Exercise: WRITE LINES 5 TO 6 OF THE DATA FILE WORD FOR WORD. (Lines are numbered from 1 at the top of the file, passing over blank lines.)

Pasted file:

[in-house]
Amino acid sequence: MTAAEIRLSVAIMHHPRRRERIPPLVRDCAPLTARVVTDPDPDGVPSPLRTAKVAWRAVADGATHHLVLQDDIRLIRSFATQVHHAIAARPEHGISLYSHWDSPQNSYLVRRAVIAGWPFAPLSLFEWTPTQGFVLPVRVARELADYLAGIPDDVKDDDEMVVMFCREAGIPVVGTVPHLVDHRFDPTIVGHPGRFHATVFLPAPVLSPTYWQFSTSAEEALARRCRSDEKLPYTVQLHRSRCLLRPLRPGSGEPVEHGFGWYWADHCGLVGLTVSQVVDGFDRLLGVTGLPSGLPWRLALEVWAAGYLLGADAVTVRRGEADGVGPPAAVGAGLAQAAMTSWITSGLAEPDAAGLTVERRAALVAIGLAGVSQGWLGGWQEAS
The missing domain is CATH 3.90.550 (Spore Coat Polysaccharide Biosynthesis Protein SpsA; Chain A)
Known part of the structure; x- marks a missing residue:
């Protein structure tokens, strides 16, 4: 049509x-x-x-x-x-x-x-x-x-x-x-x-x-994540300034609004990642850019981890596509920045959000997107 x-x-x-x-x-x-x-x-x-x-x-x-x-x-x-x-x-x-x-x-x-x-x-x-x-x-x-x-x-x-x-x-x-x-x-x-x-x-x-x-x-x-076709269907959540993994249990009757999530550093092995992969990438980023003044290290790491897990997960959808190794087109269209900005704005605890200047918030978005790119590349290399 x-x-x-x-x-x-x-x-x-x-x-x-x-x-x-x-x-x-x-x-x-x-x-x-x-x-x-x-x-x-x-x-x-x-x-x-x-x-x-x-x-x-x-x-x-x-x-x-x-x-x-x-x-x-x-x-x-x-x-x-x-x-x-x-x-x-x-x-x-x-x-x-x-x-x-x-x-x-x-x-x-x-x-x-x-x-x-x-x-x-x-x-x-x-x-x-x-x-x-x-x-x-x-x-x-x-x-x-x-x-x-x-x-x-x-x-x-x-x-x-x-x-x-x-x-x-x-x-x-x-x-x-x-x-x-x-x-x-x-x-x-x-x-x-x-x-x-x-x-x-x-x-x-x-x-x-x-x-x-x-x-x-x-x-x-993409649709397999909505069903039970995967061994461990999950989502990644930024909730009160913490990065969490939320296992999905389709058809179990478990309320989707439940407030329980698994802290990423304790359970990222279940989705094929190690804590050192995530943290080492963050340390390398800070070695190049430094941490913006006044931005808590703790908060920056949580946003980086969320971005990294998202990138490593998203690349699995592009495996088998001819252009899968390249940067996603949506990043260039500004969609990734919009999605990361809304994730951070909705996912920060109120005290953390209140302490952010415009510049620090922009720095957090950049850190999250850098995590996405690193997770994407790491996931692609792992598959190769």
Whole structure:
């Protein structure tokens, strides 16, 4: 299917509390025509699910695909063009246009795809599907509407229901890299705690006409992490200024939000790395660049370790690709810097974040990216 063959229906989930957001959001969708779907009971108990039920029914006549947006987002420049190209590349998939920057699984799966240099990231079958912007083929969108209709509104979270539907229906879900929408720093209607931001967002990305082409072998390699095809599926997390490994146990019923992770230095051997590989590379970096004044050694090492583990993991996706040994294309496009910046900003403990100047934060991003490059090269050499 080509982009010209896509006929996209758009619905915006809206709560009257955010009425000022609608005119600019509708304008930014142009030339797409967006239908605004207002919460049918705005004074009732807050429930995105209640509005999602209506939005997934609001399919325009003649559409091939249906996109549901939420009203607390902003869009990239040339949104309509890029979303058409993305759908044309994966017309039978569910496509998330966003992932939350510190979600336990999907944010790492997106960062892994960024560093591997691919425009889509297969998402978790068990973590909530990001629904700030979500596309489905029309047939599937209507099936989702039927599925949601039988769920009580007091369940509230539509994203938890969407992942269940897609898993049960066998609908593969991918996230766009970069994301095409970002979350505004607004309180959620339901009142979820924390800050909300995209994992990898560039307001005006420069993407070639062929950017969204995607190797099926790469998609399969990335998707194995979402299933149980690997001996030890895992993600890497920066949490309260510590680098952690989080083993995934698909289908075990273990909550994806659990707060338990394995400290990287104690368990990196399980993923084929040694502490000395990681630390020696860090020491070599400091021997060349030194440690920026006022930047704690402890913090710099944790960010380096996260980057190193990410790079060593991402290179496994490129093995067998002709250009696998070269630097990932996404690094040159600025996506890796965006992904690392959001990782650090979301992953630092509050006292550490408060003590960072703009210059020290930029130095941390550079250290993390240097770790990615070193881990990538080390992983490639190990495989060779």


């Protein structure tokens, strides 16, 4: 049509x-x-x-x-x-x-x-x-x-x-x-x-x-994540300034609004990642850019981890596509920045959000997107 x-x-x-x-x-x-x-x-x-x-x-x-x-x-x-x-x-x-x-x-x-x-x-x-x-x-x-x-x-x-x-x-x-x-x-x-x-x-x-x-x-x-076709269907959540993994249990009757999530550093092995992969990438980023003044290290790491897990997960959808190794087109269209900005704005605890200047918030978005790119590349290399 x-x-x-x-x-x-x-x-x-x-x-x-x-x-x-x-x-x-x-x-x-x-x-x-x-x-x-x-x-x-x-x-x-x-x-x-x-x-x-x-x-x-x-x-x-x-x-x-x-x-x-x-x-x-x-x-x-x-x-x-x-x-x-x-x-x-x-x-x-x-x-x-x-x-x-x-x-x-x-x-x-x-x-x-x-x-x-x-x-x-x-x-x-x-x-x-x-x-x-x-x-x-x-x-x-x-x-x-x-x-x-x-x-x-x-x-x-x-x-x-x-x-x-x-x-x-x-x-x-x-x-x-x-x-x-x-x-x-x-x-x-x-x-x-x-x-x-x-x-x-x-x-x-x-x-x-x-x-x-x-x-x-x-x-x-993409649709397999909505069903039970995967061994461990999950989502990644930024909730009160913490990065969490939320296992999905389709058809179990478990309320989707439940407030329980698994802290990423304790359970990222279940989705094929190690804590050192995530943290080492963050340390390398800070070695190049430094941490913006006044931005808590703790908060920056949580946003980086969320971005990294998202990138490593998203690349699995592009495996088998001819252009899968390249940067996603949506990043260039500004969609990734919009999605990361809304994730951070909705996912920060109120005290953390209140302490952010415009510049620090922009720095957090950049850190999250850098995590996405690193997770994407790491996931692609792992598959190769």
Whole structure: